Reading about the National Spelling Bee this morning made me think about my own wasted childhood of underachieving sloth. OK, so I was a straight-A student and played the flute and was on the staff of the school newspaper, big deal. That could hardly get me into a state school these days.
I can't help but think they must be exhausted, these kids who must strive and strive in order to get into a good school. And what do they do then? What is it like after college for these wunderkids when it is no longer a matter of traveling from accomplishment to accomplishment, but a slow, steady stream of doing your best?
I suppose I was one of them, for the time, expected to go on to Great Things, and I certainly feel I have adjusted to the routine with a measure of contentment. But I still look at these bright young things and think, "Why are you working so hard?" Life seems to happen in the pauses and the steady forward movement, not the Accomplishments with a capital A.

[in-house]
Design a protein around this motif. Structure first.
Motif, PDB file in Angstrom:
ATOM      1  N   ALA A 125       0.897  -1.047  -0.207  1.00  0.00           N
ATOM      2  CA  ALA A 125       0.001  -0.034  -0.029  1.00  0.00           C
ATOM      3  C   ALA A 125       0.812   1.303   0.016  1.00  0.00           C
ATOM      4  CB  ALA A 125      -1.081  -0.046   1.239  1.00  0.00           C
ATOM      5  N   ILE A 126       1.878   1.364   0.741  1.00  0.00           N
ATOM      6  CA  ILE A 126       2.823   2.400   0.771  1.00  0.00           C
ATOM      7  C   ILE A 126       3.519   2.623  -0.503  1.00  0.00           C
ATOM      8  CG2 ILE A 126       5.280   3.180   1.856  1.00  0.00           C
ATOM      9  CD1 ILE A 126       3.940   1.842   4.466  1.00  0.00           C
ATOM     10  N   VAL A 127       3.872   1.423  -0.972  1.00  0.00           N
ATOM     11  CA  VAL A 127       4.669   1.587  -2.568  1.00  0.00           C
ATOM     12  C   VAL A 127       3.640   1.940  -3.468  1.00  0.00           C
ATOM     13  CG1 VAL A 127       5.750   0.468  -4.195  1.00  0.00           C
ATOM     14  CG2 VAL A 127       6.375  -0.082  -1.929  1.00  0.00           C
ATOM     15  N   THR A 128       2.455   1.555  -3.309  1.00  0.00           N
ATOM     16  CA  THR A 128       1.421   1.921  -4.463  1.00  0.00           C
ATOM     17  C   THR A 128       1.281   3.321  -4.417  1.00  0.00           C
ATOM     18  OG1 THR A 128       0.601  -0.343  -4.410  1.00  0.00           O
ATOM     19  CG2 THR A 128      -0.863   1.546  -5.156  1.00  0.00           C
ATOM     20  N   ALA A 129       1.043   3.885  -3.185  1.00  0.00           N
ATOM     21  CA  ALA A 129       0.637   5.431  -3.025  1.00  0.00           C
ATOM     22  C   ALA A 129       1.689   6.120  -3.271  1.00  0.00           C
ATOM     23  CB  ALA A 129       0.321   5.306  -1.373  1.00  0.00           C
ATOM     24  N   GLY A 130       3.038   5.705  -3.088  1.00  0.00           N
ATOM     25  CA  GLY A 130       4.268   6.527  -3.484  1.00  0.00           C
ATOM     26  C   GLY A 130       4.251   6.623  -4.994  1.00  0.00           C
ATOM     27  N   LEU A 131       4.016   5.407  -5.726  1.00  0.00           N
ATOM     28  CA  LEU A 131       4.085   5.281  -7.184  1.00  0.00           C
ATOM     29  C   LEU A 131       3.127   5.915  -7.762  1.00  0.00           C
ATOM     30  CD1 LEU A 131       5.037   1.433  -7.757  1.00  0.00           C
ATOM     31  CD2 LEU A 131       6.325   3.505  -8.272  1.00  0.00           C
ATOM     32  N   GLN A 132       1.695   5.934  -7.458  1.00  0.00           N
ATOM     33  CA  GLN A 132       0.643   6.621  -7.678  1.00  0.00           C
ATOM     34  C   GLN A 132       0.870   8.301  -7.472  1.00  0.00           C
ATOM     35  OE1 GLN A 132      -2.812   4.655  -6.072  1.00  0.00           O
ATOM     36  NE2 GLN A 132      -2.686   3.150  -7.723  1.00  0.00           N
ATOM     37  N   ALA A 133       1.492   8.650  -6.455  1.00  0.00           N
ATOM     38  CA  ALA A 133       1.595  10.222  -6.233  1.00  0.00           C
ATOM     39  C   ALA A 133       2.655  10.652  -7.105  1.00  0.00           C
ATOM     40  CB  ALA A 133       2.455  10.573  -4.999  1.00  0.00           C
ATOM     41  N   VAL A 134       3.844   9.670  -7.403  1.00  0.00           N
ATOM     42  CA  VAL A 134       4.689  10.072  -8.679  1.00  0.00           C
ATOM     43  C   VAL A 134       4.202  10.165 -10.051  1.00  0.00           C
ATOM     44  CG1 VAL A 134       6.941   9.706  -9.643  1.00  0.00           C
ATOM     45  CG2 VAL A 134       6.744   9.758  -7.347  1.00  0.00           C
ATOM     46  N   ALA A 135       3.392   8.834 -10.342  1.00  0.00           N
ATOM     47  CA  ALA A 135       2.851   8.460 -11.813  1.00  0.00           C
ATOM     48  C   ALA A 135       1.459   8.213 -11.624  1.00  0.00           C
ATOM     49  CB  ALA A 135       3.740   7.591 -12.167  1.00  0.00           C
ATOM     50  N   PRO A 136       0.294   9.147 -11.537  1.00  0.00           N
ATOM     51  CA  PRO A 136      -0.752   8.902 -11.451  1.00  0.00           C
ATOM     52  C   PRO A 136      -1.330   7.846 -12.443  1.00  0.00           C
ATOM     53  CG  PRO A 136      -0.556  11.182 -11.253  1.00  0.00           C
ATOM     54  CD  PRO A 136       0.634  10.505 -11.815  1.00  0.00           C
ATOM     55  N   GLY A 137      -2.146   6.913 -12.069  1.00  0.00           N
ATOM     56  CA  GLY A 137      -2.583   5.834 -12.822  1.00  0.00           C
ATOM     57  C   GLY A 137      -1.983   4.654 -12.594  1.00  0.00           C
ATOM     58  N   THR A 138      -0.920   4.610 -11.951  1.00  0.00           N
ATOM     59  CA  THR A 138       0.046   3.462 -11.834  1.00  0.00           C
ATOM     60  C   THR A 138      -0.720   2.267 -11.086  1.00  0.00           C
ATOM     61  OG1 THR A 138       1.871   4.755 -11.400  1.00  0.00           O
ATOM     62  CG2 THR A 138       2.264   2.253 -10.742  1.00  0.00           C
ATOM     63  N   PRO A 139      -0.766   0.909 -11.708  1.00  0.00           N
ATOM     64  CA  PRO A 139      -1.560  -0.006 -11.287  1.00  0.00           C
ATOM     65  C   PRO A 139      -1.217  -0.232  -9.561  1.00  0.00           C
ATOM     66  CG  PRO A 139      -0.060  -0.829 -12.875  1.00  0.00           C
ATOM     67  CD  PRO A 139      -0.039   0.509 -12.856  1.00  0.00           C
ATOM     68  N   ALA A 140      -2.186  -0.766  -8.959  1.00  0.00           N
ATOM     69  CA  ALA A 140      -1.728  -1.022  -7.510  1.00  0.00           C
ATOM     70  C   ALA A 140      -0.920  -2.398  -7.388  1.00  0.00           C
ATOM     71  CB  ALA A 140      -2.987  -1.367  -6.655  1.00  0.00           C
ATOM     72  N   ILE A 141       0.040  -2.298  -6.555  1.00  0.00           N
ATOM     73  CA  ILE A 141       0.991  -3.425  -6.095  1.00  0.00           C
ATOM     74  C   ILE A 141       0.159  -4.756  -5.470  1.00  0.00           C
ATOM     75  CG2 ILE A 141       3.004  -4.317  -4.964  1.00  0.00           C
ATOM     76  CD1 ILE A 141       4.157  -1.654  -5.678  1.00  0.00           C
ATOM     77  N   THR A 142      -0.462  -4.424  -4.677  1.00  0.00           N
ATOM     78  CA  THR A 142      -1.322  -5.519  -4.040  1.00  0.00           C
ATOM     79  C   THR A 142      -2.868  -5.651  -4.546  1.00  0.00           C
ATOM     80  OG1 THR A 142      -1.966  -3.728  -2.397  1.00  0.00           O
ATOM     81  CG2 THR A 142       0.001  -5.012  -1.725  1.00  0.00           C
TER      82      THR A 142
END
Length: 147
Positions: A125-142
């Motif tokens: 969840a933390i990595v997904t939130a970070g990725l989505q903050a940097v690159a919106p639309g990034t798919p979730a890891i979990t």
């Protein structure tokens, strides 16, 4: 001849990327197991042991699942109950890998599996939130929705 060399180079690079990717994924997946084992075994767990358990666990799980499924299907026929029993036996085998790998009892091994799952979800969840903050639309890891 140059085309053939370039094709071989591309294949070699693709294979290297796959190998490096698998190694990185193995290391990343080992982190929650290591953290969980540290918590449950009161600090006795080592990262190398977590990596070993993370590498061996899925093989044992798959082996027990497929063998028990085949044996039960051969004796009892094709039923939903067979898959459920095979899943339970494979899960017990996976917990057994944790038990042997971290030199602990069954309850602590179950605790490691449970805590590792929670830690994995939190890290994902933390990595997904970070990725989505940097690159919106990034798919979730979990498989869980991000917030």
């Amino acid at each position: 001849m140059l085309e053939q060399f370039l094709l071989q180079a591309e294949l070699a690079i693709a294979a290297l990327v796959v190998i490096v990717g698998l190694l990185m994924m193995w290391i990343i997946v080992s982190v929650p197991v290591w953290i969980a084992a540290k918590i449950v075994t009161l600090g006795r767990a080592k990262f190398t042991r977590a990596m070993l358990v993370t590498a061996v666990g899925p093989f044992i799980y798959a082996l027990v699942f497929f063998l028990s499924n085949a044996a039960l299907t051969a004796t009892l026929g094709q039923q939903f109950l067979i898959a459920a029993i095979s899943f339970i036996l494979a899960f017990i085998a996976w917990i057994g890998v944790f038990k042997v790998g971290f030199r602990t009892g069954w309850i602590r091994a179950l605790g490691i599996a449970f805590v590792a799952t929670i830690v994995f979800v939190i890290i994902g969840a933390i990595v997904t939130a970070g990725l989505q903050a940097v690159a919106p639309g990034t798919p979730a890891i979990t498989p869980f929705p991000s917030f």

I still remember with tremendous chagrin the pointed truth of the novel "All Is Vanity" when the narrator realizes at the end, "I thought I was brilliant, but I was merely smart." Oh, that is so true. There are so many of us out there who had been prompted into brilliance and I suspect will have to settle for smart in the end.